Phylum Mollusca (1)
Phylum Mollusca ranges from Cambrian to Recent. Members of this phylum exhibit bilateral symmetry. A shell encloses the soft parts of many mollusks. They have a foot adapted for burrowing, movement on the substrate, or food grasping. Three classes important in the fossil record are Bivalvia, Gastropoda, and Cephalopoda.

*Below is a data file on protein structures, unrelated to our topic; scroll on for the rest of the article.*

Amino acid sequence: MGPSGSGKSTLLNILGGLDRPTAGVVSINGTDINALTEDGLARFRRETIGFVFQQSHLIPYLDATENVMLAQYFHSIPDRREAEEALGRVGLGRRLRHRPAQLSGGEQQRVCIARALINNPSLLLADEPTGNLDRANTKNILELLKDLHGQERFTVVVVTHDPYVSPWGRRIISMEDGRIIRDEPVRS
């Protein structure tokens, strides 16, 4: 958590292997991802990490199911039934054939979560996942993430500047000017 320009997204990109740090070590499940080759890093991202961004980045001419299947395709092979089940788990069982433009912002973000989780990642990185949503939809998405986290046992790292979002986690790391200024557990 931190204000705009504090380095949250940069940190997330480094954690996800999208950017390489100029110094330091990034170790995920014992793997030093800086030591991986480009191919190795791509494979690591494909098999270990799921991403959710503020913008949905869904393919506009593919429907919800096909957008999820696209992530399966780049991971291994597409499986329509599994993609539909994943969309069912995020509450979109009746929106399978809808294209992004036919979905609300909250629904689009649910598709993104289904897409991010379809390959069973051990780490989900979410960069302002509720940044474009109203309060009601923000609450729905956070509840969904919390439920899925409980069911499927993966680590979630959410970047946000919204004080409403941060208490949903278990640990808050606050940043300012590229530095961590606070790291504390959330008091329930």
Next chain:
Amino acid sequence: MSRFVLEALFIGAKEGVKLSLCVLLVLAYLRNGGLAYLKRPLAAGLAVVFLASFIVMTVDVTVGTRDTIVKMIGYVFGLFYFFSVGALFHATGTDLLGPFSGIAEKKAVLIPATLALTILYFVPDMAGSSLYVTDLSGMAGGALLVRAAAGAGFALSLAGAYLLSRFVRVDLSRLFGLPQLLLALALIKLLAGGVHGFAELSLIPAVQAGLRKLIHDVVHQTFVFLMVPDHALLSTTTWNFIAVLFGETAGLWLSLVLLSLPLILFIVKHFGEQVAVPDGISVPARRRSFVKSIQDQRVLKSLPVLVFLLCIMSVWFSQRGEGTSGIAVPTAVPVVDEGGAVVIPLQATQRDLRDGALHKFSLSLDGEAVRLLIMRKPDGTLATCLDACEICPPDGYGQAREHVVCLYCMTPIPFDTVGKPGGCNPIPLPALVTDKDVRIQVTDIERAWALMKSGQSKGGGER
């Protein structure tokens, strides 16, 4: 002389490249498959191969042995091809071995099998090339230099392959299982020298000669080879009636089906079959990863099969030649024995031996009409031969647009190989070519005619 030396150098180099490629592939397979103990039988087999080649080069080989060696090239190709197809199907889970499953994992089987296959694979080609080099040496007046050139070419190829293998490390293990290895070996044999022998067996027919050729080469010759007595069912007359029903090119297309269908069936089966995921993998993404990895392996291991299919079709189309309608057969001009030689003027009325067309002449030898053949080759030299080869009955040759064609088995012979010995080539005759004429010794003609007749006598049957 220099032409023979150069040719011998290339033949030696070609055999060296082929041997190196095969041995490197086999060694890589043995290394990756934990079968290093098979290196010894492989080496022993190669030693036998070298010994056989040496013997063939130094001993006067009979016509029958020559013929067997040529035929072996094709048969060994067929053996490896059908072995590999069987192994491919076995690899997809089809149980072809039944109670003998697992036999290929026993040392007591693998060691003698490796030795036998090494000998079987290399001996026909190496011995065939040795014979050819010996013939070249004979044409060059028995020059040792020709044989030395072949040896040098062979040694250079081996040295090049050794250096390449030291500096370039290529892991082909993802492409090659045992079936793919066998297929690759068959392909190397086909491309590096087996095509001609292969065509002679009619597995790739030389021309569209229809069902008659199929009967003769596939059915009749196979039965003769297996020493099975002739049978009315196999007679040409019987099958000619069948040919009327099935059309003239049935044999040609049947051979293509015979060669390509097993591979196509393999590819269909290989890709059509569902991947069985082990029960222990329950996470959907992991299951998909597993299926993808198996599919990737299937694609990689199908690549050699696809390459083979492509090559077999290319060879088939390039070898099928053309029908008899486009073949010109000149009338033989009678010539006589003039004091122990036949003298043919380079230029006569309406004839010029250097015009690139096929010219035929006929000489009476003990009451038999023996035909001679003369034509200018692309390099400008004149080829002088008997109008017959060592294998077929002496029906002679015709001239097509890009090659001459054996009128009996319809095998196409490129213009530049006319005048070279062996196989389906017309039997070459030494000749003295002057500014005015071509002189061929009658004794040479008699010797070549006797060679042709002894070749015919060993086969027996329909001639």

This class includes clams, oysters, scallops, and mussels. The shells have two valves and are composed of layered calcite and aragonite. In many bivalves, the two valves are mirror images, unlike brachiopod valves, which are different from each other. Muscles hold the valves together, and some bivalves have a flexible ligament that acts as a spring and opens the shells when the muscles relax. One or two muscles are present, and muscle scars are visible on the interior of the shell. An organ called the mantle secretes the shell by adding calcite along its edge. The pallial line marks the mantle attachment to the shell. If siphons are present, the interior of the shell shows an indentation called a pallial sinus. This indentation commonly indicates a burrowing habit for the bivalve. The incurrent siphon takes in seawater, the gills remove food and oxygen and move the food to the mouth. Wastes move out of the body through the excurrent siphon. The shells hinge together in the beak area. Teeth and sockets on either valve fit the shells together.